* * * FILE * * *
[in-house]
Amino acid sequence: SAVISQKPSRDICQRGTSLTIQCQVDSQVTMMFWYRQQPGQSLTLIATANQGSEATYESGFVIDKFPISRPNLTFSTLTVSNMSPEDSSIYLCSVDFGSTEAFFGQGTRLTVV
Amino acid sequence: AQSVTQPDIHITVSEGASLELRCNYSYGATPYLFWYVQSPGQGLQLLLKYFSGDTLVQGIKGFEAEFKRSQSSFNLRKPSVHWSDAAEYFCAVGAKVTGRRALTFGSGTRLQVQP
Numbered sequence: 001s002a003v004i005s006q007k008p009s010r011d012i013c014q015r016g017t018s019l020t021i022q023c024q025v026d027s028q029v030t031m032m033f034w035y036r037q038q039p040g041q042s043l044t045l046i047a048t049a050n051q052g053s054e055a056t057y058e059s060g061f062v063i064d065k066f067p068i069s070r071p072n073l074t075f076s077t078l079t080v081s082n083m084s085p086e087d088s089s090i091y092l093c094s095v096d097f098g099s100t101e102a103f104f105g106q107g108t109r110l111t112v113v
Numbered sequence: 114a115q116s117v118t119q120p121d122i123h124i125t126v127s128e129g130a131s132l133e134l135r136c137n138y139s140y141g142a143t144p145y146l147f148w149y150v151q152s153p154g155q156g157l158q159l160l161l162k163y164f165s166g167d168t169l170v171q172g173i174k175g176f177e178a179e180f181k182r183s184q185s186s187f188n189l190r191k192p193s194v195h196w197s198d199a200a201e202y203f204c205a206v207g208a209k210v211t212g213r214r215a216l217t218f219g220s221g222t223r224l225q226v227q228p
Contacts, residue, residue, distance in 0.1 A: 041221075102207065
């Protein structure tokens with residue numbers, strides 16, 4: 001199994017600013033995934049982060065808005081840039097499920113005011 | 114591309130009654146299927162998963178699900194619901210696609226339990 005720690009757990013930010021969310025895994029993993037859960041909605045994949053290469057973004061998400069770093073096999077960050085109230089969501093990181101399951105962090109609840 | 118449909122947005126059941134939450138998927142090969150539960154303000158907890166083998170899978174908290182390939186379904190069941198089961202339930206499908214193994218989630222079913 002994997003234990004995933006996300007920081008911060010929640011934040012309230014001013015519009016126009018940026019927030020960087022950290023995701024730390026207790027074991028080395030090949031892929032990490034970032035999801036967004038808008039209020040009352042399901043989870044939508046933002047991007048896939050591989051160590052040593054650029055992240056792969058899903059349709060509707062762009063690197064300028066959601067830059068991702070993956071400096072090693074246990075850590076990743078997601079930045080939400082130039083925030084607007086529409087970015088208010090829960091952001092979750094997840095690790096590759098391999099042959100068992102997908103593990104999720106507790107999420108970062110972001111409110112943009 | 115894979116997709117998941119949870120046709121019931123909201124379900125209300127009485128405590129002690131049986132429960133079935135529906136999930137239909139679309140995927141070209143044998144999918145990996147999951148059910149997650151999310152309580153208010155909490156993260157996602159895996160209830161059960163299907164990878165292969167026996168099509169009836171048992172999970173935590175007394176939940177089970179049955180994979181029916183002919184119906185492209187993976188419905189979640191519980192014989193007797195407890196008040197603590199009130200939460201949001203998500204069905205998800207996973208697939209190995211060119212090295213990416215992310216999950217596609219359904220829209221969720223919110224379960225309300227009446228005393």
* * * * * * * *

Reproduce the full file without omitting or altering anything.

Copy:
[in-house]
Amino acid sequence: SAVISQKPSRDICQRGTSLTIQCQVDSQVTMMFWYRQQPGQSLTLIATANQGSEATYESGFVIDKFPISRPNLTFSTLTVSNMSPEDSSIYLCSVDFGSTEAFFGQGTRLTVV
Amino acid sequence: AQSVTQPDIHITVSEGASLELRCNYSYGATPYLFWYVQSPGQGLQLLLKYFSGDTLVQGIKGFEAEFKRSQSSFNLRKPSVHWSDAAEYFCAVGAKVTGRRALTFGSGTRLQVQP
Numbered sequence: 001s002a003v004i005s006q007k008p009s010r011d012i013c014q015r016g017t018s019l020t021i022q023c024q025v026d027s028q029v030t031m032m033f034w035y036r037q038q039p040g041q042s043l044t045l046i047a048t049a050n051q052g053s054e055a056t057y058e059s060g061f062v063i064d065k066f067p068i069s070r071p072n073l074t075f076s077t078l079t080v081s082n083m084s085p086e087d088s089s090i091y092l093c094s095v096d097f098g099s100t101e102a103f104f105g106q107g108t109r110l111t112v113v
Numbered sequence: 114a115q116s117v118t119q120p121d122i123h124i125t126v127s128e129g130a131s132l133e134l135r136c137n138y139s140y141g142a143t144p145y146l147f148w149y150v151q152s153p154g155q156g157l158q159l160l161l162k163y164f165s166g167d168t169l170v171q172g173i174k175g176f177e178a179e180f181k182r183s184q185s186s187f188n189l190r191k192p193s194v195h196w197s198d199a200a201e202y203f204c205a206v207g208a209k210v211t212g213r214r215a216l217t218f219g220s221g222t223r224l225q226v227q228p
Contacts, residue, residue, distance in 0.1 A: 041221075102207065
């Protein structure tokens with residue numbers, strides 16, 4: 001199994017600013033995934049982060065808005081840039097499920113005011 | 114591309130009654146299927162998963178699900194619901210696609226339990 005720690009757990013930010021969310025895994029993993037859960041909605045994949053290469057973004061998400069770093073096999077960050085109230089969501093990181101399951105962090109609840 | 118449909122947005126059941134939450138998927142090969150539960154303000158907890166083998170899978174908290182390939186379904190069941198089961202339930206499908214193994218989630222079913 002994997003234990004995933006996300007920081008911060010929640011934040012309230014001013015519009016126009018940026019927030020960087022950290023995701024730390026207790027074991028080395030090949031892929032990490034970032035999801036967004038808008039209020040009352042399901043989870044939508046933002047991007048896939050591989051160590052040593054650029055992240056792969058899903059349709060509707062762009063690197064300028066959601067830059068991702070993956071400096072090693074246990075850590076990743078997601079930045080939400082130039083925030084607007086529409087970015088208010090829960091952001092979750094997840095690790096590759098391999099042959100068992102997908103593990104999720106507790107999420108970062110972001111409110112943009 | 115894979116997709117998941119949870120046709121019931123909201124379900125209300127009485128405590129002690131049986132429960133079935135529906136999930137239909139679309140995927141070209143044998144999918145990996147999951148059910149997650151999310152309580153208010155909490156993260157996602159895996160209830161059960163299907164990878165292969167026996168099509169009836171048992172999970173935590175007394176939940177089970179049955180994979181029916183002919184119906185492209187993976188419905189979640191519980192014989193007797195407890196008040197603590199009130200939460201949001203998500204069905205998800207996973208697939209190995211060119212090295213990416215992310216999950217596609219359904220829209221969720223919110224379960225309300227009446228005393």